The book that inspired the Academy Award-nominated film, starring Judi Dench and Steve Coogan.
"The touching story of a mother's fifty-year search for her son." Sunday Times
When she fell pregnant as a teenager in Ireland in 1952, Philomena Lee was sent to a convent to be looked after as a fallen woman. She cared for her baby for three years until the Church took him from her and sold him, like countless others, to America for adoption.
Philomena's son grew up to be a top Washington lawyer and a leading Republican official in the Reagan and Bush administrations. But he was a gay man in a homophobic party where he had to conceal not only his sexuality but, eventually, the fact that he had AIDs. With little time left, he returned to Ireland and the convent where he was born: his desperate quest to find his mother before he died left a legacy that was to unfold with unexpected consequences for all involved.
PRAISE FOR PHILOMENA
"The extraordinary story of an extraordinary woman . . . Philomena's tale is special. . . . It reveals a remarkable human being with astonishing fortitude and a truly humbling willingness to forgive" Judi Dench, from the Foreword
"A searingly poignant account of forced adoption and its consequences." Kirkus Reviews (starred review)
"Riveting . . . Sixsmith chillingly recounts . . . this mother-and-son saga." Publishers Weekly
"Heartbreaking . . . a story that needed to be told." The Independent
In 1952, Philomena Lee, a young unwed Irish Catholic woman, was sent away to an abbey in County Tipperary to await the birth of her illegitimate child. Journalist Sixsmith (Russia: A 1,000-Year Chronicle of the Wild East) chillingly recounts the subsequent events. After surviving a harrowing breech birth attended to only by an inexperienced nun, Philomena learned she had to work in the abbey for three years to pay off the cost of her care. She rose at 6 a.m. each day to feed her son, Anthony, before attending Mass and spending the next several hours sweating in the abbey s laundry room. But the worst was yet to come. At the end of Philomena s service, Anthony was taken from her to be placed with any person the abbey s Superioress deemed fit and proper a practice condoned by the Catholic Church and facilitated by the Irish government. An American couple adopted Anthony, took him to the States, and changed his name to Michael Hess. This part of the book is riveting, but the 50-year search promised in the subtitle takes a backseat to Michael s suburban upbringing and his experiences as a gay man; Philomena all but disappears. The much-anticipated ending of this mother-and-son saga is hurried, incomplete, and unsatisfying. 36 b&w photos.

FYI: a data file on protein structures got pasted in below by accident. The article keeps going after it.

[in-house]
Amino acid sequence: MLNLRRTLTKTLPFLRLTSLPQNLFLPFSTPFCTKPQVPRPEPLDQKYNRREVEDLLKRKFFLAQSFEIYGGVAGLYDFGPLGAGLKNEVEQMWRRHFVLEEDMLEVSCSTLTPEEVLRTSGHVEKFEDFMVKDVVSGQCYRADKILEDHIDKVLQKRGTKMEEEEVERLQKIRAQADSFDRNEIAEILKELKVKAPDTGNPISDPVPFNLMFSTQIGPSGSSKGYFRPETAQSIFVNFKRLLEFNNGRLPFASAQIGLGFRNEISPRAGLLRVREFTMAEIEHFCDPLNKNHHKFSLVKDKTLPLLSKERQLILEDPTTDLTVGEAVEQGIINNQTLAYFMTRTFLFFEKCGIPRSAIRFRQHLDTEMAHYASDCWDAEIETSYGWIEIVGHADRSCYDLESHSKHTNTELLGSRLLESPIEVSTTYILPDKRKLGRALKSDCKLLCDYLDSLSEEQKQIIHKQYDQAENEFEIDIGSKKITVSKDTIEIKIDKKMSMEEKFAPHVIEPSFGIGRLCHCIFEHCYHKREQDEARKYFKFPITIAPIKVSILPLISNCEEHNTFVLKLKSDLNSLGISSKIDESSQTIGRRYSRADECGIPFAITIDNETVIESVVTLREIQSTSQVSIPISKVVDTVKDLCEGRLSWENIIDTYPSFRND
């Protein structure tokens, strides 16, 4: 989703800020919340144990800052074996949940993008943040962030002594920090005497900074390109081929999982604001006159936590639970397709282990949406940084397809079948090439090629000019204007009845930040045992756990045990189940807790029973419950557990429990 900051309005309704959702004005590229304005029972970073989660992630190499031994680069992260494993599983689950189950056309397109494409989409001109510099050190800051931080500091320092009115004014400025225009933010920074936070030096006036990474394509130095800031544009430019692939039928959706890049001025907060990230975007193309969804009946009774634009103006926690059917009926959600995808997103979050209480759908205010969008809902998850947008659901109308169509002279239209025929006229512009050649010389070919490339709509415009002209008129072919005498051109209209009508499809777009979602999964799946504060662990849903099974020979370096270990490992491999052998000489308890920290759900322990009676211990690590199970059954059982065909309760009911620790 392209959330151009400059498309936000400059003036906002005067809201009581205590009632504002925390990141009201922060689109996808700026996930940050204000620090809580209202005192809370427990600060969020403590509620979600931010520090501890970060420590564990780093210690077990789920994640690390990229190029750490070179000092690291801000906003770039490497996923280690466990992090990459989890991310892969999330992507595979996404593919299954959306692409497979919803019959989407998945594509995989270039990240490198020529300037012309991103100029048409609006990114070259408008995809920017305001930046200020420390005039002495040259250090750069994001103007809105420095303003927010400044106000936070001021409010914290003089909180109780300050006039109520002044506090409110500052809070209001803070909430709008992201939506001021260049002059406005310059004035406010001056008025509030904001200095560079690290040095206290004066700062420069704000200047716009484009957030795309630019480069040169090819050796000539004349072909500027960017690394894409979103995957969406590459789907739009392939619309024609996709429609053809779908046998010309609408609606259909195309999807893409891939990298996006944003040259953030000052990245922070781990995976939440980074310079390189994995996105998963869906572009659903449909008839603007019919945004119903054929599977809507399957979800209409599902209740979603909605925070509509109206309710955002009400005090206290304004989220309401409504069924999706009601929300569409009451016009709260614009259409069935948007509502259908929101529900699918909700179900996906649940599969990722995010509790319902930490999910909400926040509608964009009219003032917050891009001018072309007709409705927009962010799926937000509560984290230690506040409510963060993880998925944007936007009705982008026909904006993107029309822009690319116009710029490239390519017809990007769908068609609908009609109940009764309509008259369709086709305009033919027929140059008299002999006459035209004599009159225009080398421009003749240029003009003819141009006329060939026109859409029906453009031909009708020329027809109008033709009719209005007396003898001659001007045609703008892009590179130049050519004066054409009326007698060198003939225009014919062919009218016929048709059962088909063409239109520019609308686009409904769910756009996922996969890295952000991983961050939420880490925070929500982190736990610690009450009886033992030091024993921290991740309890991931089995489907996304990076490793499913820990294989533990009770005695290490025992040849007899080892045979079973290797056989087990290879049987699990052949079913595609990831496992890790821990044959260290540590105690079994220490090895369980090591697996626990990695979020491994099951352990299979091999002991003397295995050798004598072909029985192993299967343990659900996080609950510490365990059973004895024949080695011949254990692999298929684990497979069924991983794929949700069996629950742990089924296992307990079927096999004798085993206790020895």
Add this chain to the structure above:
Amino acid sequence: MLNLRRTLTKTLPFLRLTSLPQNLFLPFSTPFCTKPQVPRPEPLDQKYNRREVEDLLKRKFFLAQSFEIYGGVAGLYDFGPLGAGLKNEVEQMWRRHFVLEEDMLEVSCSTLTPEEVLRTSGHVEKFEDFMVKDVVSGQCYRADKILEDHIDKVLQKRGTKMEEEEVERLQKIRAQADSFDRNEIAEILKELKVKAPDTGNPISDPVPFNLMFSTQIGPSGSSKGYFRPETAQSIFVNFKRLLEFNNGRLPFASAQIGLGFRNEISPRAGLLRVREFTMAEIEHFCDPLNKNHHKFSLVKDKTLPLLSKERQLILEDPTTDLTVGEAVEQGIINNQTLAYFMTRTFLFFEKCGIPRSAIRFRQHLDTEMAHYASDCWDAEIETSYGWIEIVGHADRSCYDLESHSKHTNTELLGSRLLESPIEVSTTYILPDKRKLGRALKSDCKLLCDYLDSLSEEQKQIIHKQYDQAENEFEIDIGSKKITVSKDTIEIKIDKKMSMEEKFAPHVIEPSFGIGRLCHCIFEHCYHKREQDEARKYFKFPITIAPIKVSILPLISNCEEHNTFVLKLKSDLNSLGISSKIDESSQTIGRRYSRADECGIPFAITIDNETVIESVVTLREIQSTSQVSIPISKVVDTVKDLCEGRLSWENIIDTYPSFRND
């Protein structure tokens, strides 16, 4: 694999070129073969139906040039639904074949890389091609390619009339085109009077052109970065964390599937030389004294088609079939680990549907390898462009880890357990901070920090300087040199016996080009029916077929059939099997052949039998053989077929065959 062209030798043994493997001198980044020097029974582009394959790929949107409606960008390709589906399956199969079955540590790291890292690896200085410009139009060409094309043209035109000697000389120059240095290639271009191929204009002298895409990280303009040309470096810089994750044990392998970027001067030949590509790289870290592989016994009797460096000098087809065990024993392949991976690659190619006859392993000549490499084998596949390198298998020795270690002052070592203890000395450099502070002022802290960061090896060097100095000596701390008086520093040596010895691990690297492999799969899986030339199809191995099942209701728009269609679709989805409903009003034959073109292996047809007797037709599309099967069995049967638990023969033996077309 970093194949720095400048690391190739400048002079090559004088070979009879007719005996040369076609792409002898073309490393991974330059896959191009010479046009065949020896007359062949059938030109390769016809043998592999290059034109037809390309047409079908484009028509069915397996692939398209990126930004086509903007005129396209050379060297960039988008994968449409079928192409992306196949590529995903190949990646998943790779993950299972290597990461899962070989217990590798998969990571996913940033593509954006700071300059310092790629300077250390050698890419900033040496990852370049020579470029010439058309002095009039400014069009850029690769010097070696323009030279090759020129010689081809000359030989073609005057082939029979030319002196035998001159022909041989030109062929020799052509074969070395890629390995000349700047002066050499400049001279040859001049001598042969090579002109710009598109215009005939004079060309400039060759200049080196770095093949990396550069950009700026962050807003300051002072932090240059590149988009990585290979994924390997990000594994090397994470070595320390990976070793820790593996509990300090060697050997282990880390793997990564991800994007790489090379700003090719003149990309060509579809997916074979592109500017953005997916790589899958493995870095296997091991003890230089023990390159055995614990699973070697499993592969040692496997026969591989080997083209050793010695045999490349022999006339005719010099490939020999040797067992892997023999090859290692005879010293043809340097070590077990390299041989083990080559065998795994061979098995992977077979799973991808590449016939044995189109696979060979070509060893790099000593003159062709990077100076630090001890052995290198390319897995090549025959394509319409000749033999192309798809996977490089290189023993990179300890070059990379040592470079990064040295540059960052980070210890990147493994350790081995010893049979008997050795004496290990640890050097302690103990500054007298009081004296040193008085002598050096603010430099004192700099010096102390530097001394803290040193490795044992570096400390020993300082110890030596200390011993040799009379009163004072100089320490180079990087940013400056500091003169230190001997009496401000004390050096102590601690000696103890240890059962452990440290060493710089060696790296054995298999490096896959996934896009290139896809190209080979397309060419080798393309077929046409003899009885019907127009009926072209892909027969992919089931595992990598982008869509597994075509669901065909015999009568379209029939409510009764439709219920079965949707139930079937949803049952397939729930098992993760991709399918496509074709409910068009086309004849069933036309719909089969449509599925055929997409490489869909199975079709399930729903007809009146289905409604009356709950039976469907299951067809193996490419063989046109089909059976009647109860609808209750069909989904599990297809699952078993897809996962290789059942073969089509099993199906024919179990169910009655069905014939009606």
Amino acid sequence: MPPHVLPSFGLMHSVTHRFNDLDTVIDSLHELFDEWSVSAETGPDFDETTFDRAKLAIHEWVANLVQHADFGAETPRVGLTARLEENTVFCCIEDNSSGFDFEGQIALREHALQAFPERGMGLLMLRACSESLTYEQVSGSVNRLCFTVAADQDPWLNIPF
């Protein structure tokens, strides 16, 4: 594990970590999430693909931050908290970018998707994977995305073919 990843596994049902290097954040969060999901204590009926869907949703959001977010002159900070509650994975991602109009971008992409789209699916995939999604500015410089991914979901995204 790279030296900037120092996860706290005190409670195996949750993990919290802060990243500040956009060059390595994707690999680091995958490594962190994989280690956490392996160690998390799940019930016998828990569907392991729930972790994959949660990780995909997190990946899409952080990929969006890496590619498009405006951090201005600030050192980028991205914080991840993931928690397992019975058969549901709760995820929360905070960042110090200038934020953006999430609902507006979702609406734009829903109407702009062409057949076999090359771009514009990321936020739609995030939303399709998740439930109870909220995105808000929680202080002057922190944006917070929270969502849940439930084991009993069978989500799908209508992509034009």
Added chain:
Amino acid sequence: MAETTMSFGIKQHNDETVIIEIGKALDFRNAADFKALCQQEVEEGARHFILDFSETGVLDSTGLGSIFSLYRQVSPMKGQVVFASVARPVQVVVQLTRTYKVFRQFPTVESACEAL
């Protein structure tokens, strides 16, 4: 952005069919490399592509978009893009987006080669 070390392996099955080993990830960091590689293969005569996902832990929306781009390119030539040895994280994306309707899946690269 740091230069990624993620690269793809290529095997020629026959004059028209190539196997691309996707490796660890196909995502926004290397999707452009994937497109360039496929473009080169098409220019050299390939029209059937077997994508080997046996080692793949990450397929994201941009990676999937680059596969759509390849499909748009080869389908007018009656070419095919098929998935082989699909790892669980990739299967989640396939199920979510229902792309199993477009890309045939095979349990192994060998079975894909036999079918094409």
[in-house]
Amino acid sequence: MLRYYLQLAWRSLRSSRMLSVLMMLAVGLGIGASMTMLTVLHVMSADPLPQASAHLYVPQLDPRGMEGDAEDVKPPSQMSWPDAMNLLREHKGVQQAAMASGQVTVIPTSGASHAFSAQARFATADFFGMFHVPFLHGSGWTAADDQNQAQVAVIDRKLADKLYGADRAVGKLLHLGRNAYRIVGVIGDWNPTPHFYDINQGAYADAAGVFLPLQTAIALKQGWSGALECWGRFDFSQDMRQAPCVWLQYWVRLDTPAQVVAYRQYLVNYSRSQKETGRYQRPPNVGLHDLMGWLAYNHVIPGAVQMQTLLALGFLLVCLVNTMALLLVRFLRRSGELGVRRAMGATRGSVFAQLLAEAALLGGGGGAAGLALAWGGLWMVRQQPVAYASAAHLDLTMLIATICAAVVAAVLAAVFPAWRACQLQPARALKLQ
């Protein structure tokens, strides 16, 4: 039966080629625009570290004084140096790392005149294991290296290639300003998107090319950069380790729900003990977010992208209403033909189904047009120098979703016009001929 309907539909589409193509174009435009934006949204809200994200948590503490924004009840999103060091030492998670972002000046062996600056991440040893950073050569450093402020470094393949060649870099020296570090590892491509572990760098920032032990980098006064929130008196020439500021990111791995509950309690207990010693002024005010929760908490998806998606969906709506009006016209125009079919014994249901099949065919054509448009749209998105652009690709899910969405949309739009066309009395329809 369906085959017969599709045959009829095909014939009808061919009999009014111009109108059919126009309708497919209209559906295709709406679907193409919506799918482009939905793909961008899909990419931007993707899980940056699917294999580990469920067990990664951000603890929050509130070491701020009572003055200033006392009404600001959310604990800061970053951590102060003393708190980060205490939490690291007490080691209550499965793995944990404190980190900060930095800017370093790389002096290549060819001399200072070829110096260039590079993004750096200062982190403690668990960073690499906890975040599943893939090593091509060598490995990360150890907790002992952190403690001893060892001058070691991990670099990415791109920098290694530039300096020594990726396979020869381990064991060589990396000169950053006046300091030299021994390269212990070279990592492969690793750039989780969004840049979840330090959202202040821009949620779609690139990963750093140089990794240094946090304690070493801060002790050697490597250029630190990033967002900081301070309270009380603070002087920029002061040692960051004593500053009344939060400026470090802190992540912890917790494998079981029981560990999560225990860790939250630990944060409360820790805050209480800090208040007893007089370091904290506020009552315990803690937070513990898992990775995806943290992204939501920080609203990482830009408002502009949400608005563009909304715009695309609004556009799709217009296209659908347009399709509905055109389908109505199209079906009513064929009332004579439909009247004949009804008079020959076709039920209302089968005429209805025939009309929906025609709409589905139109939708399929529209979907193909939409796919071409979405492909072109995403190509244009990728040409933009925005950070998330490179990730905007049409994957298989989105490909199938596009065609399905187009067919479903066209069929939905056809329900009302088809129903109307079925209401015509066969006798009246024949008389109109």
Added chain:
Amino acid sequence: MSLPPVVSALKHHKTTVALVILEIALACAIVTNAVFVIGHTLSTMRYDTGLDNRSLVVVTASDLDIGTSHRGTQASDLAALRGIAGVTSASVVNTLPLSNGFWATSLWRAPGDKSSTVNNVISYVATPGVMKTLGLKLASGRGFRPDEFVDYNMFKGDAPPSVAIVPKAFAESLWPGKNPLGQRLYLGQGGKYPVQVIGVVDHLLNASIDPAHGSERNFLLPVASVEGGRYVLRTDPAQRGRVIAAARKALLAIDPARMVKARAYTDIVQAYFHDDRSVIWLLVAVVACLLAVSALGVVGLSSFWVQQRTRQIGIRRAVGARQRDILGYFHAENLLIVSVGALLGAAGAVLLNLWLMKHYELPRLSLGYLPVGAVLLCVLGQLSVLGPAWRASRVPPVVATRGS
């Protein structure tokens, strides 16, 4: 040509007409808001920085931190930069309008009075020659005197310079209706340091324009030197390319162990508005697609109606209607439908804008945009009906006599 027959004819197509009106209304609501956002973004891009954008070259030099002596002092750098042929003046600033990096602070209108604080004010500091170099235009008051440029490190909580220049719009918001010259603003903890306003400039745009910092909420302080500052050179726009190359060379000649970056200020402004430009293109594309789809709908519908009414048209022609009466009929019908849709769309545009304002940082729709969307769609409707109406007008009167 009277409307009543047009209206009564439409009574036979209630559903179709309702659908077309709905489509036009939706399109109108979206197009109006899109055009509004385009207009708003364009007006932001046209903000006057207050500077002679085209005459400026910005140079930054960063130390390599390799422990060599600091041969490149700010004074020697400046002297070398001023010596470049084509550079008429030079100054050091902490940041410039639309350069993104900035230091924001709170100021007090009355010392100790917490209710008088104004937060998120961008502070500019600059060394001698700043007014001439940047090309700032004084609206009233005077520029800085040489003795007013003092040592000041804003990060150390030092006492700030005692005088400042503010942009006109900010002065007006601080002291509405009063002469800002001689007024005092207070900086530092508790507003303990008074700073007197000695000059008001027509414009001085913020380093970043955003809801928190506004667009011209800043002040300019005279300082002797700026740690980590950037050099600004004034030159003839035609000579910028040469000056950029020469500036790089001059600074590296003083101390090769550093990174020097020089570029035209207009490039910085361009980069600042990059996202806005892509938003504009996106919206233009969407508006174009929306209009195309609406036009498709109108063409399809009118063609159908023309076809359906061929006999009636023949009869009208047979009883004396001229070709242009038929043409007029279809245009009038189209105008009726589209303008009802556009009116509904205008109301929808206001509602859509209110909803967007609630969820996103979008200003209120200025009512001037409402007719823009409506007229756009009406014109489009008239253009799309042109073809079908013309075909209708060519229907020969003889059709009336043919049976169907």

Customer ReviewsSee All
A great and sad story!
A great story. I was so moved by it that when I finished the last page, I was speechless. It really opened my eyes into the stoic views and mindset of the Catholic Church back then. More importantly, it is actually the power wield by one person and his inhumane mindset , that is the Archbishop, which caused so much sufferings to those young girls and their children. I cannot agree more that society needs to uphold some moral values and to instill good behaviors amongst the young people but to carry out in an extreme and most punitive method as such, it is almost akin to being cruel and inhumane. Now, I cannot wait to see the movie which I heard is very good.
A great story of what went on in the 1950s in Ireland with unwed mothers. Beautifully written and you will not want to put this book down.
Being an adopted person myself, I found with story so heart rendering. It needed to have been written.
Philomena is such a strong, loving, caring
person. I will never understand the church's
stance on such an emotional issue, how a nun
could not even tell Anthony about his mother, when the nun heard that he hadn't gone long to live. No compassion whatsoever! Everyone that
knew Anthony will only be enriched by the experience of having him in their lives.
My love go's out to them all, especially Philomena